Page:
Two scientists in a hot air balloon

When Victorian Scientists Caught Ballomania

In a moment when scientists were working to fashion a credible identity for themselves, they had to decide how much showmanship was too much.
Ancient Greek funerary naiskos

When Was the First Handshake?

A Curious Reader asks: When and how did the handshake originate?
Anatomy Lesson of Dr. Willem van der Meer by Michiel van Mierevelt

Public Dissection Was a Gruesome Spectacle

Renaissance-era anatomists taught people to “knowe thyself” by reading the books of bodies.
Tarantella dancers, 1828

When Dancing Plagues Struck Medieval Europe

The tarantella is named for a peasant woman from southern Italy whose tarantula bite started a contagious dancing fever!
A tree with branches blown sideways by wind

When Europeans Feared the Wind

In early modern Europe, various sorts of winds were associated with illness and even death.
A woman dropping her tea-cup in horror upon discovering the monstrous contents of a magnified drop of Thames water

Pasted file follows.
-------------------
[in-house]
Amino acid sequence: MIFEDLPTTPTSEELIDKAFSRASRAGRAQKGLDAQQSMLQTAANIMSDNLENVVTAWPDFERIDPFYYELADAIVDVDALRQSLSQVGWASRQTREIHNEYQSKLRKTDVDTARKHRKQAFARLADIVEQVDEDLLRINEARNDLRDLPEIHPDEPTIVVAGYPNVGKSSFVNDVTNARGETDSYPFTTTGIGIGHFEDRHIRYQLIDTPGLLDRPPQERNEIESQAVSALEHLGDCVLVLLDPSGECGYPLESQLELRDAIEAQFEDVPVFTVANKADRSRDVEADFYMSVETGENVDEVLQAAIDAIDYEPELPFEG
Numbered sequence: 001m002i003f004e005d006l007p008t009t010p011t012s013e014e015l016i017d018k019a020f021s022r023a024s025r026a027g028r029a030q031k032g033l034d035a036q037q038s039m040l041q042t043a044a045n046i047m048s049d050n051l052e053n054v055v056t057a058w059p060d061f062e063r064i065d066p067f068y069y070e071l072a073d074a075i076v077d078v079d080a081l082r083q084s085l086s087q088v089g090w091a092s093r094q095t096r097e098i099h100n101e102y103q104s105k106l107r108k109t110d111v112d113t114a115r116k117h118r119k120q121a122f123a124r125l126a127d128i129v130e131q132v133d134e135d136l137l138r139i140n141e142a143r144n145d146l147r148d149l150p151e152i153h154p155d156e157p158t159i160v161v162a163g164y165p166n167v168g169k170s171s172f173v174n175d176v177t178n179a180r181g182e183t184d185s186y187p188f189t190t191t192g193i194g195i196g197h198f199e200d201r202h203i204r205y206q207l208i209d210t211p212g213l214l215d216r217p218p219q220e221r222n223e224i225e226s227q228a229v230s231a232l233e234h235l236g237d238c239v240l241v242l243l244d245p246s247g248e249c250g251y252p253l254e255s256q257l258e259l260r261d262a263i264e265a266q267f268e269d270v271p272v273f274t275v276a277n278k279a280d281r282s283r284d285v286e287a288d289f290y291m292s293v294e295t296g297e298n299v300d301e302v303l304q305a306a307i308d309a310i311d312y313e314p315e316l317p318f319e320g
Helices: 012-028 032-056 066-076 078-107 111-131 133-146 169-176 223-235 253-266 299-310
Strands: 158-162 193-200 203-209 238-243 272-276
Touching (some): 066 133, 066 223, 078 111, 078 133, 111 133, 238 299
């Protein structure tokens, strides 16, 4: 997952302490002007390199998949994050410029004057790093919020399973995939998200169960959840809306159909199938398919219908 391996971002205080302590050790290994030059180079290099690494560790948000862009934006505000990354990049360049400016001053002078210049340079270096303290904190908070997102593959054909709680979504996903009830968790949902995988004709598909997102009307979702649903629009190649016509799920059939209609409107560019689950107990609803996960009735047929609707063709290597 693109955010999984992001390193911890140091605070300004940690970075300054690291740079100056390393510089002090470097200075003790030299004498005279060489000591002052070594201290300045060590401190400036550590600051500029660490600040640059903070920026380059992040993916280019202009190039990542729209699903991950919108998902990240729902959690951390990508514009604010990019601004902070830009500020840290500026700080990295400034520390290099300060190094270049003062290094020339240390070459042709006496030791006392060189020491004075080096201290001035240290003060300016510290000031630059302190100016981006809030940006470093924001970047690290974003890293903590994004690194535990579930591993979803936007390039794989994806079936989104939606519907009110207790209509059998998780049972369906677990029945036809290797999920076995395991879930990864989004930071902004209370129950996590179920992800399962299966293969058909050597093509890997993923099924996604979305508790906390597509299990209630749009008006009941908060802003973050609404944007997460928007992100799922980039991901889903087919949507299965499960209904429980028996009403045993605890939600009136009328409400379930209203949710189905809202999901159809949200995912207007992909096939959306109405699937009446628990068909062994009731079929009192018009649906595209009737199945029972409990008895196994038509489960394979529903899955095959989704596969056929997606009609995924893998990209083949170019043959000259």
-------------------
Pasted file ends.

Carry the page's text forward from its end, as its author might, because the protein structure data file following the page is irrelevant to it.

What Does History Smell Like?

Scholars don't typically pay that much attention to smells, but odors have historically been quite significant.
A rack of shoes from different eras

Our Long Relationship with Leather

A recently-discovered skeleton wearing leather boots inspires a walk through our history of wearing animal hides.
Kodak Brownie Starlet, 1957

How the Brownie Camera Made Everyone a Photographer

Eastman Kodak used folklore to sell a modern technology, and ended up creating new communities and forms of expressions along the way.
Image from Livre des profits ruraux (late 15th century France)

The Landlord Asks for a Christmas Rose

Bizarre customs of landholding—from demands for flowers to ritualized flatulence—reflect the philosophy that developed under the feudal system.